How to pass extra arguments into JS Array.forEach()

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Just wanted to share a little trick I learned to pass variables into the scope of your JS Array.forEach() method.

I had a situation where I needed to use a forEach loop to build a dataset. But I needed to access variables in the current scope as well (I needed to be able to reference this in the loop).

This is the situation I was in:

var dataset = {
    data: [],
    backgroundColor:[],
};

items.forEach(function (item) {

    dataset.data.push(item.age);

    if (item.age < 2) {
        dataset.bgColor.push(this.green);
    } else if (item.age < 5) {
        dataset.bgColor.push(this.yellow);
    } else {
        dataset.bgColor.push(this.red);
    }

}, this);


this.refreshGraph(dataset);

Dataset isn't accessible from within the loop. So how do we access it while iterating?

I haven't seen this solution on stack overflow and it didn't fit any question I could find.

Answer below:

If you have a function out of scope of some data yet need to access it, you can use a curried function that takes that dataset as the first parameter and can still use this normally throughout:

//curried function that uses `dataset` and `this` but it is not 
//in the context where the iteration happens 
function makeLoopCallback(dataset) {
  return function(item) {
    dataset.data.push(item.age);

    if (item.age < 2) {
        dataset.bgColor.push(this.green);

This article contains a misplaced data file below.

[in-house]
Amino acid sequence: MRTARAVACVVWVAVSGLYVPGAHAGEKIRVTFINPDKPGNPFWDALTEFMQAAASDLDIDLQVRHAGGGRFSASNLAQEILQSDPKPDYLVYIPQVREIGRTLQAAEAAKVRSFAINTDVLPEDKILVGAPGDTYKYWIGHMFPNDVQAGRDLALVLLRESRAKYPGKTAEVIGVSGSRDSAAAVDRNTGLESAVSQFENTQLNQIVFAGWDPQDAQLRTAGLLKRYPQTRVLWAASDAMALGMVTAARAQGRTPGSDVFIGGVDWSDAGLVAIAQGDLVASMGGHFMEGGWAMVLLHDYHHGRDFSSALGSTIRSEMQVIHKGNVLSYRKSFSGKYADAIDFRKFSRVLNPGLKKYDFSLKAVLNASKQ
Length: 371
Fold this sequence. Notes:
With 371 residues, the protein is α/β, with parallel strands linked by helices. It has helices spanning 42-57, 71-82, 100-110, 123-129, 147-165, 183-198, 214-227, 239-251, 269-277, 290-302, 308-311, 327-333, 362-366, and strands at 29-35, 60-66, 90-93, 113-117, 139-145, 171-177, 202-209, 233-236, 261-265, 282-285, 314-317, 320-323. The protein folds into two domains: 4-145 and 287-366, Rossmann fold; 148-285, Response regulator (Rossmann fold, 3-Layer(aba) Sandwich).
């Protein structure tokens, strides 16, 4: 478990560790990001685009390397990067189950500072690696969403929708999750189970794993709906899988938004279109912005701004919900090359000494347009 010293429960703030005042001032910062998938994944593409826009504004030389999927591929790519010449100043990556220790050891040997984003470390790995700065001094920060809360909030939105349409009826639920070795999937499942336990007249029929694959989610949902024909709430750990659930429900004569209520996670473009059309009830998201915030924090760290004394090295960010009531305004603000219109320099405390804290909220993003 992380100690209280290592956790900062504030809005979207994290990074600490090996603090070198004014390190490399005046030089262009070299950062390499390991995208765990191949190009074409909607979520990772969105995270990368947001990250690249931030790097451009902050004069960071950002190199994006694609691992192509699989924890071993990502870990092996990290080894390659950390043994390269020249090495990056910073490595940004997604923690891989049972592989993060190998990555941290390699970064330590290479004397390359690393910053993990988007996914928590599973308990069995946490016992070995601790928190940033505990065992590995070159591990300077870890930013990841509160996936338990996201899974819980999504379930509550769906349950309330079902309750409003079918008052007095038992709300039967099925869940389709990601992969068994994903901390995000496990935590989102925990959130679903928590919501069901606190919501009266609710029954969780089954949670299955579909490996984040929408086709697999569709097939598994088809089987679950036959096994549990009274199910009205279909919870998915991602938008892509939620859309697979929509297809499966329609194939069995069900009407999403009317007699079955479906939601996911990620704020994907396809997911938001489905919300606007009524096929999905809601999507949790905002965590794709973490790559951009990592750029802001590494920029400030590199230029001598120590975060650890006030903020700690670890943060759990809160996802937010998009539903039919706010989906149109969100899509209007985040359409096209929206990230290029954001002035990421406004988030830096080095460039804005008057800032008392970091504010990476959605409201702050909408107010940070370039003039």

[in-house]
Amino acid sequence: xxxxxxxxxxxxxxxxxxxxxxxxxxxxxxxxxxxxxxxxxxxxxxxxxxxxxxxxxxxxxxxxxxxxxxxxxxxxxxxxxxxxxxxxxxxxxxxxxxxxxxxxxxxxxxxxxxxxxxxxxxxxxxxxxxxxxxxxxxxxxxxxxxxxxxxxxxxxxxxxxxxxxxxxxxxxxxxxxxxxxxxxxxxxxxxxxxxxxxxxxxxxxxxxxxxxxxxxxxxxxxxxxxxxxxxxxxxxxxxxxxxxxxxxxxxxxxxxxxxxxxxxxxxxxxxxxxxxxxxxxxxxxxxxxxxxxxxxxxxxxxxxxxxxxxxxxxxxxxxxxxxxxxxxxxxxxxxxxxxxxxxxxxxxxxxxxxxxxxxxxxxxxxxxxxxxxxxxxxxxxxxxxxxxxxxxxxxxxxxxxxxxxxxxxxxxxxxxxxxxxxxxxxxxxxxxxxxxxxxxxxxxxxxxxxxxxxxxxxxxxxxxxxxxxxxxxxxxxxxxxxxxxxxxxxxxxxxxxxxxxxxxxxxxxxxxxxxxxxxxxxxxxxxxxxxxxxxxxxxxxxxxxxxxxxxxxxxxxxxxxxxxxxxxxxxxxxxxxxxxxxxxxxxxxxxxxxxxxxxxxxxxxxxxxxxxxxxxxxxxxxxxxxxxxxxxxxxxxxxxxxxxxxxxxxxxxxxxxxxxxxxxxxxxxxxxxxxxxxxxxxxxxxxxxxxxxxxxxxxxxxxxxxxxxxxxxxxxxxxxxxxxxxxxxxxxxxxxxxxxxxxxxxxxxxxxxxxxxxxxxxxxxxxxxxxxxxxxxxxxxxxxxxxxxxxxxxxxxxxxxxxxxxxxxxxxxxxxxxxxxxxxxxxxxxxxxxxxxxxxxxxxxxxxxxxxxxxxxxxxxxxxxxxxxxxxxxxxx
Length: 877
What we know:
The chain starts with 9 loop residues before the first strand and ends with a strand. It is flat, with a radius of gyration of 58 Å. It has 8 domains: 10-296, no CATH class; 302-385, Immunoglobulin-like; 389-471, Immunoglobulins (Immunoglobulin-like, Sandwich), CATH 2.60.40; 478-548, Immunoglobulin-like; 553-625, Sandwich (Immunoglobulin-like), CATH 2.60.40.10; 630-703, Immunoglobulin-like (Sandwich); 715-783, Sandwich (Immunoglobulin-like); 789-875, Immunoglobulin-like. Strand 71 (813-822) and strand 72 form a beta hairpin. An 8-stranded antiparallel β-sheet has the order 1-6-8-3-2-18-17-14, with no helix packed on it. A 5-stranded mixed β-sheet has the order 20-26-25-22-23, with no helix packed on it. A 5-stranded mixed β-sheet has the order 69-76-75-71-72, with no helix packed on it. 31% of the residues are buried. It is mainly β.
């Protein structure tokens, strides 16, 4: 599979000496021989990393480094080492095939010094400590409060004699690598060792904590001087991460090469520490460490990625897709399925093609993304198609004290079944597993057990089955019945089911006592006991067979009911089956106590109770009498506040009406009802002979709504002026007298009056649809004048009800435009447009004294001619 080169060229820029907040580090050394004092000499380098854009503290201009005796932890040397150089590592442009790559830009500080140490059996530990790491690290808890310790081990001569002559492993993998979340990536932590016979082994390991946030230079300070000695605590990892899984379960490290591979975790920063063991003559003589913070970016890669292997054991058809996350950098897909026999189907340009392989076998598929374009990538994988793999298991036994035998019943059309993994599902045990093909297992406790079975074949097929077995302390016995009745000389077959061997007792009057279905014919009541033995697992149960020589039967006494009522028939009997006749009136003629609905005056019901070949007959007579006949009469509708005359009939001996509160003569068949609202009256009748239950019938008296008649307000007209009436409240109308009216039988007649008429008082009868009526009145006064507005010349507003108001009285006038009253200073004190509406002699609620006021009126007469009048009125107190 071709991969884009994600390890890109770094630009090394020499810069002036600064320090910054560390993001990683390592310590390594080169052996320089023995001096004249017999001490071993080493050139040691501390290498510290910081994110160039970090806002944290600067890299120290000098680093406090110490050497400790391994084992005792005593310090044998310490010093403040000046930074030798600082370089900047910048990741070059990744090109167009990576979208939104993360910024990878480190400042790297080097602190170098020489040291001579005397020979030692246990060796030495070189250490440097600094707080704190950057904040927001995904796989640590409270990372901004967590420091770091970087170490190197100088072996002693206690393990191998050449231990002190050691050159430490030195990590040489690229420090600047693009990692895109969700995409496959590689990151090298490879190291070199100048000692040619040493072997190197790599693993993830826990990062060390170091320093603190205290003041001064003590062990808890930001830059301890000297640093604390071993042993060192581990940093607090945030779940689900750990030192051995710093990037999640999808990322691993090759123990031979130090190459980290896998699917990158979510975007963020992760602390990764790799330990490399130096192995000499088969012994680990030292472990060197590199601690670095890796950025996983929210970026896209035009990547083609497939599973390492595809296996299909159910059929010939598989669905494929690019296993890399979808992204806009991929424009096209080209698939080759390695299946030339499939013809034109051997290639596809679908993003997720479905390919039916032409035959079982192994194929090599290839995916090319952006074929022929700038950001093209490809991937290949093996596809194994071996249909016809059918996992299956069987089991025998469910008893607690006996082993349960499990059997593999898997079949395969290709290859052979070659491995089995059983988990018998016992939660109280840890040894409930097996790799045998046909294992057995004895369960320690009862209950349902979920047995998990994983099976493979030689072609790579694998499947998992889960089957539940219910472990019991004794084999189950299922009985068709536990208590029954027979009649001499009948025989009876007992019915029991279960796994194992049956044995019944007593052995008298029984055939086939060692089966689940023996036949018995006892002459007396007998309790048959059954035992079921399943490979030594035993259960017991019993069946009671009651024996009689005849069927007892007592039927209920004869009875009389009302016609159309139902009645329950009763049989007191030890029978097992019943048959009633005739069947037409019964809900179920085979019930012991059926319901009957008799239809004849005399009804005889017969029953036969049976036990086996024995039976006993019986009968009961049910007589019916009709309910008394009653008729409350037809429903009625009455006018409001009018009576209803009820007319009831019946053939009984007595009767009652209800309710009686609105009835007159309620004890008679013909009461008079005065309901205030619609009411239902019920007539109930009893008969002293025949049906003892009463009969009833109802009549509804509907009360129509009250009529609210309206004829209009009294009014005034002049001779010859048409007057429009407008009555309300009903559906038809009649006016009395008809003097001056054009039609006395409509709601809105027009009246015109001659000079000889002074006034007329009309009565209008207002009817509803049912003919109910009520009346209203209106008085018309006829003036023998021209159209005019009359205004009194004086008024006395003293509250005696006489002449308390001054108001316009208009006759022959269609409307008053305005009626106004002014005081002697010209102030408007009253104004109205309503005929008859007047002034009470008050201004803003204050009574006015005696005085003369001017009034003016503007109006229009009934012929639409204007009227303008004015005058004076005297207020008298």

} else if (item.age < 5) {
        dataset.bgColor.push(this.yellow);
    } else {
        dataset.bgColor.push(this.red);
    }
  }
}

//object to serve as `this` context for a function
var obj = {
  green: "Green",
  yellow: "Yellow",
  red: "Red",
  doSomething: function(items) {
    var data = {
        data: [],
        bgColor:[],
    };
  
    items.forEach(makeLoopCallback(data), this);
  
    return data;
  }
}

//set up some dummy data
var input = [ { age: 1 }, { age: 2 }, { age: 3 }, { age: 4 }, { age: 5 }, { age: 6 } ];

//call the function
console.log(obj.doSomething(input))

Array.forEach() et al with additional parameters, When you want to pass additional parameters to the Array.forEach() callback function you currently must work with an additional (anonymous) the programmer has to pass multiple information in a Array or Object) or if all additional parameters will If you need a secure database library for node.js, check out @databases. Definition and Usage. The forEach() method calls a function once for each element in an array, in order.. Note: the function is not executed for array elements without values.